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Unionists Rally in Montana To Denounce Budget Cuts

Montana has the revenue it needs to maintain public services, but that fact seems to be lost on the Republican-led Legislature.

More than 500 faith leaders, small business owners, parents, teachers, firefighters, state employees, higher education faculty and others gathered to rally at the Statehouse in Helena Feb. 21 to call on lawmakers to reverse cuts to education, human services and public safety. The event was co-organized by the MEA-MFT and the Montana Organizing Project.

MEA-MFT president Eric Feaver, who also is an AFT vice president, explained to the crowd that the Republican majority in the appropriations subcommittees has made cumulative decisions resulting in more than $1 billion in cuts from Democratic Gov. Brian Schweitzer's proposed budget.

The cuts are perplexing. Montana has enough revenue to fund state services and education at current levels—and still have $360 million in the bank.

"I think some of these legislators have deficit envy," said MEA-MFT member Kristin Intemann, a professor at Montana State University-Bozeman. "Montana is one of two states in the nation without a budget deficit, and some legislators can't stand being left out of the action."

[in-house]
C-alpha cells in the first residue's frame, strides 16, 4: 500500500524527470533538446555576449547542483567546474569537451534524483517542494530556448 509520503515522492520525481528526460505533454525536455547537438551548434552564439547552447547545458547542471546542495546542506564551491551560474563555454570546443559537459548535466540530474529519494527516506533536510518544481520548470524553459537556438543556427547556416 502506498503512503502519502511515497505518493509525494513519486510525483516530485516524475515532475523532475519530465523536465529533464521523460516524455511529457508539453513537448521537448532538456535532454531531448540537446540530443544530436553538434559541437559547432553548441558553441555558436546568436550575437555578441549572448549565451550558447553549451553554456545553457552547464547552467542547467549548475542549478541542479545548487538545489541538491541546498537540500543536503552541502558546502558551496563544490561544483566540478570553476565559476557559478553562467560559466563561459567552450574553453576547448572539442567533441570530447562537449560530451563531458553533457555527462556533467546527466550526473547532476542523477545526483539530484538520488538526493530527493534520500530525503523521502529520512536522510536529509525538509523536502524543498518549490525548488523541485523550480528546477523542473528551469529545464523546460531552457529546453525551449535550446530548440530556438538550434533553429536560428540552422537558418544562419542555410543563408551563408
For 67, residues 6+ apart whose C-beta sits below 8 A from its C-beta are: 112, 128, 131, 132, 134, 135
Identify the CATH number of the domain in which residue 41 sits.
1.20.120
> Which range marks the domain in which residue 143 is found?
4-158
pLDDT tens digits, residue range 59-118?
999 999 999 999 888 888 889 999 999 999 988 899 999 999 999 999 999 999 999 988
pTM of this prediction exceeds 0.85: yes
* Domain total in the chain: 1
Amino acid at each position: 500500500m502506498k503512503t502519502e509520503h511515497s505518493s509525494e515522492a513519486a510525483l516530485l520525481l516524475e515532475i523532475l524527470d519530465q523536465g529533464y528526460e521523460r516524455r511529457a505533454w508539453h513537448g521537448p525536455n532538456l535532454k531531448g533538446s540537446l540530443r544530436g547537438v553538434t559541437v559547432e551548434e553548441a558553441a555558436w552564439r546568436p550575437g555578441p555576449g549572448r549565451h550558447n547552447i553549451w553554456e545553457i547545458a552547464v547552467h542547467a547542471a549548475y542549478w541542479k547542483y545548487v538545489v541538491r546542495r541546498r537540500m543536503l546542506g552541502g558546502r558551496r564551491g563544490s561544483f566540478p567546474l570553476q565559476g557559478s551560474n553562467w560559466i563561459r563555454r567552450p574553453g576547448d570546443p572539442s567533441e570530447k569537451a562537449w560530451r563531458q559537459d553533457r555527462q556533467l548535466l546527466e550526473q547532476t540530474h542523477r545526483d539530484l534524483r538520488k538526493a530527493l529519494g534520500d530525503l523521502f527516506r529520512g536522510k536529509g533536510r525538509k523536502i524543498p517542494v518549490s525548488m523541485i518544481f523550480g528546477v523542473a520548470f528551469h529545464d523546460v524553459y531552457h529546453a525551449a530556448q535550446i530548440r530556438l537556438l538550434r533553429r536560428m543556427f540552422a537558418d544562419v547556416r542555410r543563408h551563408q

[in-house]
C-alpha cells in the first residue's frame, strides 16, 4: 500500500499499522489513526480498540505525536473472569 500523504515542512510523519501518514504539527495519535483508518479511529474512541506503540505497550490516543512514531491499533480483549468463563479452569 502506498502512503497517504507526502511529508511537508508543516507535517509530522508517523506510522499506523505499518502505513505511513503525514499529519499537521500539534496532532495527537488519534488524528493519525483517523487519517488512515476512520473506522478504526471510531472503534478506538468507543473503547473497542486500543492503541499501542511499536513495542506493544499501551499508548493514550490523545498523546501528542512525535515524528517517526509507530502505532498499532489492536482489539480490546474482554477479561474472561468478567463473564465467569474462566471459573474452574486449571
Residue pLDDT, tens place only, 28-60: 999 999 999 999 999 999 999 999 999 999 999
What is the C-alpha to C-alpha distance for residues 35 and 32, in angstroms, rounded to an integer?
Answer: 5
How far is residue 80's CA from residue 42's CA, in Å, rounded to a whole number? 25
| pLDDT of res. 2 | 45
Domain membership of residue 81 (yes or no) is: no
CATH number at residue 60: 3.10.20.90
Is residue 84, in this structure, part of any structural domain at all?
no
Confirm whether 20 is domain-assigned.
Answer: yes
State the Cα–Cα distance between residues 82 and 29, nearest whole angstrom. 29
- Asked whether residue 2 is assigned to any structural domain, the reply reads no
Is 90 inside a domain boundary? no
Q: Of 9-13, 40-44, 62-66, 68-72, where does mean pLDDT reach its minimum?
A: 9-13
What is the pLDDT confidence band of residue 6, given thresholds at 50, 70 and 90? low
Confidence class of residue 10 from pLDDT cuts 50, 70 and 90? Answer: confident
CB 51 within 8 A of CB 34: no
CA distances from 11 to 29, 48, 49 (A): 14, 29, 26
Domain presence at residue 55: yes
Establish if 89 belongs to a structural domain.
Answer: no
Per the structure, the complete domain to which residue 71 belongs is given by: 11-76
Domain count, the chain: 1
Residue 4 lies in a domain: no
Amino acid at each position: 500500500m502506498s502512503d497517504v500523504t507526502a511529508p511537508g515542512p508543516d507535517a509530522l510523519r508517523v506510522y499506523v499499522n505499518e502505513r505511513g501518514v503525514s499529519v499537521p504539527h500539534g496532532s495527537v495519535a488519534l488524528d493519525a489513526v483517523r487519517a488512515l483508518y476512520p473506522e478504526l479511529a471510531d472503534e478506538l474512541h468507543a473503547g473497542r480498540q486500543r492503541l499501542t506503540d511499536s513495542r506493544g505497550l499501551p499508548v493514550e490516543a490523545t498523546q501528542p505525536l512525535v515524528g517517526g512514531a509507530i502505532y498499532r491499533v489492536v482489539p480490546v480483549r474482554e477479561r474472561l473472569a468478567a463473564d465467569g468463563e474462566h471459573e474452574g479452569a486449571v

Intemann said the legislators have not created one job, "but their cuts will destroy hundreds of existing jobs."

MEA-MFT member Cheryl Parker, who works for the Department of Public Health and Human Services in Missoula, said the $500 million in cuts to her agency "will hurt the elderly, the mentally ill, the disabled, our kids, people who need Meals on Wheels, rural hospitals and the Low Income Energy Assistance Program."

Billings firefighter Joe Sands said the Republican legislative majority has "declared open season on our retirement, our benefits, our pay, our rights to organize and negotiate." The agenda was not lost on Sands or others at the rally. "Wisconsin's Gov. Walker made it brutally clear what he cares about. It is about crushing the one group that stands up for the middle class—the unions," Sands said. "Thank God we have a governor who believes in public services and public education, who stands with us."

"The state budget is not just a bunch of numbers," state Rep. Edie McClafferty (D-Butte) told the crowd. "The state budget is all about people's lives. The cuts proposed so far have the potential to devastate Montana. Our children's education is at stake. Our elders' care is at stake. Our economy, our clean air, our safe communities—our very future is at stake."

McClafferty told the cheering crowd that it is not too late to reverse the cuts, "but we need your help."

After the rally, participants took their message inside the Capitol, where they asked lawmakers to reverse the cuts and pass the state pay plan, which gives state employees a 1 percent salary increase in January 2012 and 3 percent in January 2013. "Two years ago, when the economy went south, state employees stepped up and took a voluntary pay freeze," said Parker. "But now the economy is improving. The revenue is available to fund the pay plan. It's a minimal increase, but it will help." [Sanna Porte, MEA-MFT; Kathy Nicholson]

February 23, 2011